“Today we bid a fond farewell to one of the most resilient and accomplished spacecraft ever to have explored our neighboring planets,” said Sean Solomon, MESSENGER’s Principal Investigator and Director of Columbia University’s Lamont-Doherty Earth Observatory. “Our craft set a record for planetary flybys, spent more than four years in orbit about the planet closest to the Sun, and survived both punishing heat and extreme doses of radiation. Among its other achievements, MESSENGER determined Mercury’s surface composition, revealed its geological history, discovered that its internal magnetic field is offset from the planet’s center, taught us about Mercury’s unusual internal structure, followed the chemical inventory of its exosphere with season and time of day, discovered novel aspects of its extraordinarily active magnetosphere, and verified that its polar deposits are dominantly water ice. A resourceful and committed team of engineers, mission operators, scientists, and managers can be extremely proud that the MESSENGER mission has surpassed all expectations and delivered a stunningly long list of discoveries that have changed our views not only of one of Earth’s sibling planets but of the entire inner solar system.”

MESSENGER’s Final Hours

MESSENGER’s last orbit with real-time flight operations began at 11:15 a.m. EDT, with initiation of the final delivery of data and images from Mercury via the DSN 70-m antenna in Madrid, Spain. See the last image delivered here.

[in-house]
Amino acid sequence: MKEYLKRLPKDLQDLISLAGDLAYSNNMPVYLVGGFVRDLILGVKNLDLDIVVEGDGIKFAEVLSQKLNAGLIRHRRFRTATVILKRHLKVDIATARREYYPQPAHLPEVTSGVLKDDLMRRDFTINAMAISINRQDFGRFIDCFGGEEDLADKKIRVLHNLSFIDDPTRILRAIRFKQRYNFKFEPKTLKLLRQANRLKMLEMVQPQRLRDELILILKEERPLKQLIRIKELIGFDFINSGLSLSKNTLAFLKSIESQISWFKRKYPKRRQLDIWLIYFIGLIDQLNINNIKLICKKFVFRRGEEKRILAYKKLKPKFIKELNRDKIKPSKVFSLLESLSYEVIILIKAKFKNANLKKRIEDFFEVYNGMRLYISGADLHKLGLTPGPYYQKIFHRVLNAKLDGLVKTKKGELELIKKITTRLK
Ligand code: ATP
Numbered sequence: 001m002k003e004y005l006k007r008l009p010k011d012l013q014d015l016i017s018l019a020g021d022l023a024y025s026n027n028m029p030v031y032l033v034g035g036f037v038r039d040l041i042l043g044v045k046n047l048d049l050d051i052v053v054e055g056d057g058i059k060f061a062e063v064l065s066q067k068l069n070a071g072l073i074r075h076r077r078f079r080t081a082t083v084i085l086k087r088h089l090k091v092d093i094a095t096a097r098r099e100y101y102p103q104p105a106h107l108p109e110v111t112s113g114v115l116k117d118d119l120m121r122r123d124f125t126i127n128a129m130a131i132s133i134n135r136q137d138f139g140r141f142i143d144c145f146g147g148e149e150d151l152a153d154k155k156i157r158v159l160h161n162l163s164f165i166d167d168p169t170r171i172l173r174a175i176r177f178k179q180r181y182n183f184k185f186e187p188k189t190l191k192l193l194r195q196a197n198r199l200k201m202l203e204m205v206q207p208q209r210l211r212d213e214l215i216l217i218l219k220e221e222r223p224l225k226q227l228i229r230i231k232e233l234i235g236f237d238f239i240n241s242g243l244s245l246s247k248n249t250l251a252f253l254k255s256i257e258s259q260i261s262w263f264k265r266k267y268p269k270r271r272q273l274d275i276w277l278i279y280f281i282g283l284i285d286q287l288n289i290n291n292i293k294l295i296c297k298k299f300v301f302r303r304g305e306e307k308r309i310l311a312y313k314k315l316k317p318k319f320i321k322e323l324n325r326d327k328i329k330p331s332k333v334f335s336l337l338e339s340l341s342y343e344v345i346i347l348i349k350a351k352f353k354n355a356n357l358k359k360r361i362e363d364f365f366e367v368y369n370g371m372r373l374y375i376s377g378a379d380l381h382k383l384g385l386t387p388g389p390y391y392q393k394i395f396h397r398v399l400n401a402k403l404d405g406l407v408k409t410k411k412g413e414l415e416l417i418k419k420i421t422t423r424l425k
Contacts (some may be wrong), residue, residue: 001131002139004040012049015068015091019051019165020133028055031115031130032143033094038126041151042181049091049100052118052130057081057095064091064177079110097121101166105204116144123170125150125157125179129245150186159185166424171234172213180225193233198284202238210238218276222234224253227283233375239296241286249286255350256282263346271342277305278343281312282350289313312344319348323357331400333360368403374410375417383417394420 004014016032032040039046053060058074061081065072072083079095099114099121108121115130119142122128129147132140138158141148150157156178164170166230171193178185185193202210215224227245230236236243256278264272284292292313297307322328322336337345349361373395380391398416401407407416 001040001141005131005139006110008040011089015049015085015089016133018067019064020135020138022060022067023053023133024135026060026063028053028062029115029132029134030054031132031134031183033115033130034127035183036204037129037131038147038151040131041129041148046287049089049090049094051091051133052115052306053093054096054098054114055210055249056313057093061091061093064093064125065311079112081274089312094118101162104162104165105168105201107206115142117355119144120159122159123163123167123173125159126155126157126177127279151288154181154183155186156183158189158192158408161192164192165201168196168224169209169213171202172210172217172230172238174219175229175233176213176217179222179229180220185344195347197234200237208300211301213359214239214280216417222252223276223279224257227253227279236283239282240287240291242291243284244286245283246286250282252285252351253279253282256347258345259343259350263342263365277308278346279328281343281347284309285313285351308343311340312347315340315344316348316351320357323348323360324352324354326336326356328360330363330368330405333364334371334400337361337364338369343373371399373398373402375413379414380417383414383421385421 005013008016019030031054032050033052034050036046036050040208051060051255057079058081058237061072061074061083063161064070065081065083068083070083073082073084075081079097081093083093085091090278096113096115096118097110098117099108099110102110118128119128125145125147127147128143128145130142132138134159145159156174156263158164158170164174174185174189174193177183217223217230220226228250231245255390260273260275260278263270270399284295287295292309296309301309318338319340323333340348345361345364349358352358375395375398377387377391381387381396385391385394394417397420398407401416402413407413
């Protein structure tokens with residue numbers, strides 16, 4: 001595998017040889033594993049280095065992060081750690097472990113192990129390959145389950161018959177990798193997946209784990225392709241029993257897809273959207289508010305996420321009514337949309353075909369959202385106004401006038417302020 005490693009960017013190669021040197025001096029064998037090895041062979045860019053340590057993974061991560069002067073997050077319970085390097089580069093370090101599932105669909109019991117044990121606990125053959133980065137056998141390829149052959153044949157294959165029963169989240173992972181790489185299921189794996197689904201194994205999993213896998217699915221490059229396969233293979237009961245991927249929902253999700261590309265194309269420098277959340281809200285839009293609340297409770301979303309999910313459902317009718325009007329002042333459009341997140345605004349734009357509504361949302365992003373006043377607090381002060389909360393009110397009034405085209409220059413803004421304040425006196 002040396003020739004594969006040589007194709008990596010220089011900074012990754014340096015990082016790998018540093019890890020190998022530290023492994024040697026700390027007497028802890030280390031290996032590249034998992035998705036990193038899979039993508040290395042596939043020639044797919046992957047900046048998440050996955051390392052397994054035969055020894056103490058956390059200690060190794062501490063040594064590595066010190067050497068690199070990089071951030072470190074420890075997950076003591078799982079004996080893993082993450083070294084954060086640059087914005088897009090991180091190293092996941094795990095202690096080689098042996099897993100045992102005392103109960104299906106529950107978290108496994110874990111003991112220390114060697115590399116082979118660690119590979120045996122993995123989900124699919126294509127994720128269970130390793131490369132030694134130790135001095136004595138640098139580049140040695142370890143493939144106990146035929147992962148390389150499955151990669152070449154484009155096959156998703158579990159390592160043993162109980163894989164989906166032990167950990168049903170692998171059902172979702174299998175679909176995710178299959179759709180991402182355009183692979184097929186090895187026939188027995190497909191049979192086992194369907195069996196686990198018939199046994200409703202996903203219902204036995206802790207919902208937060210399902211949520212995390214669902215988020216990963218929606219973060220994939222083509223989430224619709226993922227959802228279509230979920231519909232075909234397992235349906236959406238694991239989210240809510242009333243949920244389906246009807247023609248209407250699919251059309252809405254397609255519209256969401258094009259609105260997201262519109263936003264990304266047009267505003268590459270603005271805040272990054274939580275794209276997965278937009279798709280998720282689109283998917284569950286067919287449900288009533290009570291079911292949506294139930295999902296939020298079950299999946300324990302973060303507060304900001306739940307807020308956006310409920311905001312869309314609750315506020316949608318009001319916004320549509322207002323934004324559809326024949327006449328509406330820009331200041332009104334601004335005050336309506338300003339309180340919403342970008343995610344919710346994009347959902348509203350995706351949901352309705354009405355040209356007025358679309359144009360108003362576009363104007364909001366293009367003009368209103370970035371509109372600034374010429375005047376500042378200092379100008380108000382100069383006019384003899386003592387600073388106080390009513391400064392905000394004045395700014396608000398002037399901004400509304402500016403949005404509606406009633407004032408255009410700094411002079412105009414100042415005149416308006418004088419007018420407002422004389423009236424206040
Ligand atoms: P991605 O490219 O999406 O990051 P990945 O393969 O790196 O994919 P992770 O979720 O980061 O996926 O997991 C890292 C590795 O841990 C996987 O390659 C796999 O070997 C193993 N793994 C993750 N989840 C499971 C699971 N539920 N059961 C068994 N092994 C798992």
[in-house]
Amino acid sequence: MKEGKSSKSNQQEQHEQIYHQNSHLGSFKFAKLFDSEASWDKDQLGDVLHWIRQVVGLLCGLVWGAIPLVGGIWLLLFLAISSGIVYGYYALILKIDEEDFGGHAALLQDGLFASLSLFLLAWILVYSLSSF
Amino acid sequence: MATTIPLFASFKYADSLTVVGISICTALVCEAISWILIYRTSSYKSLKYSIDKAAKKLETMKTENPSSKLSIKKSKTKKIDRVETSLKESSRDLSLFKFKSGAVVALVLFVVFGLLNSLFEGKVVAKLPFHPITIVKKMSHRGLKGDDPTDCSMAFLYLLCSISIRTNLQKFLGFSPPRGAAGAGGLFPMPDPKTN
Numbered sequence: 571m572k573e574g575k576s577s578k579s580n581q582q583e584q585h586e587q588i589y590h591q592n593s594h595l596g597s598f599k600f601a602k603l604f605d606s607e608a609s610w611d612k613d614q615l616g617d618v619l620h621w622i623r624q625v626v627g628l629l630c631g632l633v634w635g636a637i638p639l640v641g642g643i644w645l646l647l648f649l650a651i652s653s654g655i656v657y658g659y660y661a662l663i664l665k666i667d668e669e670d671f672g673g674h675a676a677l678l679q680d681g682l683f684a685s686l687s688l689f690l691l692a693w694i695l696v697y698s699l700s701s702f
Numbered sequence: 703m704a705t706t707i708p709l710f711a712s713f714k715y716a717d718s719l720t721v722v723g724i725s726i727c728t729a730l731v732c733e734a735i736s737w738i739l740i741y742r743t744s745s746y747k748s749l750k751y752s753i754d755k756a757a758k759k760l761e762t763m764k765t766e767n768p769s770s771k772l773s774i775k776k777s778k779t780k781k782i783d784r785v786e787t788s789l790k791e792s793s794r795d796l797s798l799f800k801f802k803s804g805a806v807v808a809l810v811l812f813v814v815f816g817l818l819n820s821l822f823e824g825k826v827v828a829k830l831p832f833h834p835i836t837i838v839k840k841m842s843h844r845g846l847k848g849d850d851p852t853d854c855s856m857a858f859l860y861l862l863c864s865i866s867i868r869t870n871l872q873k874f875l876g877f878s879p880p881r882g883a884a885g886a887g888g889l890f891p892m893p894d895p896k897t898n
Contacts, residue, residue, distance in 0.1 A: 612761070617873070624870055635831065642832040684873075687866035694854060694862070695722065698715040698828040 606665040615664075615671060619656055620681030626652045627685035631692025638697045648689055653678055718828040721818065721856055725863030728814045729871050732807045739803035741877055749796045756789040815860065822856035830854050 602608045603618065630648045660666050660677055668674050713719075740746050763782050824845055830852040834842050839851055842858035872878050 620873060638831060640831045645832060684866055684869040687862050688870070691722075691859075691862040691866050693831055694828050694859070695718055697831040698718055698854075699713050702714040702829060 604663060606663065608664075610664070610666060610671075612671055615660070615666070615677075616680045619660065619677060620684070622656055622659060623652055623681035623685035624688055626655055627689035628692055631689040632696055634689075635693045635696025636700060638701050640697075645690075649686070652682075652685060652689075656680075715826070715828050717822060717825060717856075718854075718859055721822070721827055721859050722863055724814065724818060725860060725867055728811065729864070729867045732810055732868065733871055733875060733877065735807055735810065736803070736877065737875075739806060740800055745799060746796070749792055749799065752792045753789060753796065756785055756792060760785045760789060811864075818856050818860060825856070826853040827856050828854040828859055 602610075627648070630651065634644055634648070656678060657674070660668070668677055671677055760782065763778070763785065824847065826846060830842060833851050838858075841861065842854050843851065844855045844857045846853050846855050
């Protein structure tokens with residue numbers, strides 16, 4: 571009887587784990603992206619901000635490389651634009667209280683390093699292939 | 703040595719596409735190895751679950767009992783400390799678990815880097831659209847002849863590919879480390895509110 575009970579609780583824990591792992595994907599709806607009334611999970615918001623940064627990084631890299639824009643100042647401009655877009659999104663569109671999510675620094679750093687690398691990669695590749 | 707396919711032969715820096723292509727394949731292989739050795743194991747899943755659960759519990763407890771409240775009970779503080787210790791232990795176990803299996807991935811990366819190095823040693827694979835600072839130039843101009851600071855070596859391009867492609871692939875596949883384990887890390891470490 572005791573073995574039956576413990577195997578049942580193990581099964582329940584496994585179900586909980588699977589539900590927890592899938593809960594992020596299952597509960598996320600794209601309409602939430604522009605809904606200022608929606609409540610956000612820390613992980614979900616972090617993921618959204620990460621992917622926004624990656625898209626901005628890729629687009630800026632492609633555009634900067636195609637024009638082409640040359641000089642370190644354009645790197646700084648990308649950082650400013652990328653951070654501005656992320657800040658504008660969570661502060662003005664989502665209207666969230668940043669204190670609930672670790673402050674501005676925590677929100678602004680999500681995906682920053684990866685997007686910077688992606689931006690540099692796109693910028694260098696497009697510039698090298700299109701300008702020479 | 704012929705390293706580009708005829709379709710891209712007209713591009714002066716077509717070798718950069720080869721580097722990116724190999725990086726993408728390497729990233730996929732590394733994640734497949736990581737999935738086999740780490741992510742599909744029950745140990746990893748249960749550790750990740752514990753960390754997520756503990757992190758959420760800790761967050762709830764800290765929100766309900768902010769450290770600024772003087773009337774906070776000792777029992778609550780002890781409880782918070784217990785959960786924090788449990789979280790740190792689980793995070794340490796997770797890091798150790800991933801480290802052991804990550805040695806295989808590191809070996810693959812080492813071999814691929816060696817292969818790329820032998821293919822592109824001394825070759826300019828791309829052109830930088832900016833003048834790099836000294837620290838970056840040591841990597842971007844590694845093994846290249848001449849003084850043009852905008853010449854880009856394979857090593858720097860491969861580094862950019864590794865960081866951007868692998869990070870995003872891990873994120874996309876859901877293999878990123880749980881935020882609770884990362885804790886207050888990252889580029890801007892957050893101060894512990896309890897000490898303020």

After a planned transition to the 34-m DSS-15 antenna at Goldstone, California, at 2:40 p.m. EDT, mission operators later confirmed the switch to a beacon-only communication signal at 3:04 p.m. The mood in the Mission Operations Center at APL was both celebratory and somber, as team members watched MESSENGER’s telemetry drop out for the last time after more than four years and 4,105 orbits at Mercury.

“We then monitored MESSENGER’s beacon signal for about 20 additional minutes,” said Mission Operations Manager Andy Calloway of APL. “It was strange to think that for those last three minutes MESSENGER had already impacted onto Mercury, but we could not confirm that fact yet because of the vast distance across space between Mercury and Earth. MESSENGER passed behind Mercury (as viewed from Earth) at 3:29 p.m., however the signal from our intrepid spacecraft started fading prior to that and dropped out for the last time at 3:25 p.m.”

At 3:38 p.m. EDT, at the time the spacecraft would have emerged from behind the planet as viewed from the Goldstone station had MESSENGER not impacted, mission operators began monitoring for a signal, but as expected they were unable to establish communications between MESSENGER and the DSN. This radio silence was the confirmation of the end of the MESSENGER mission.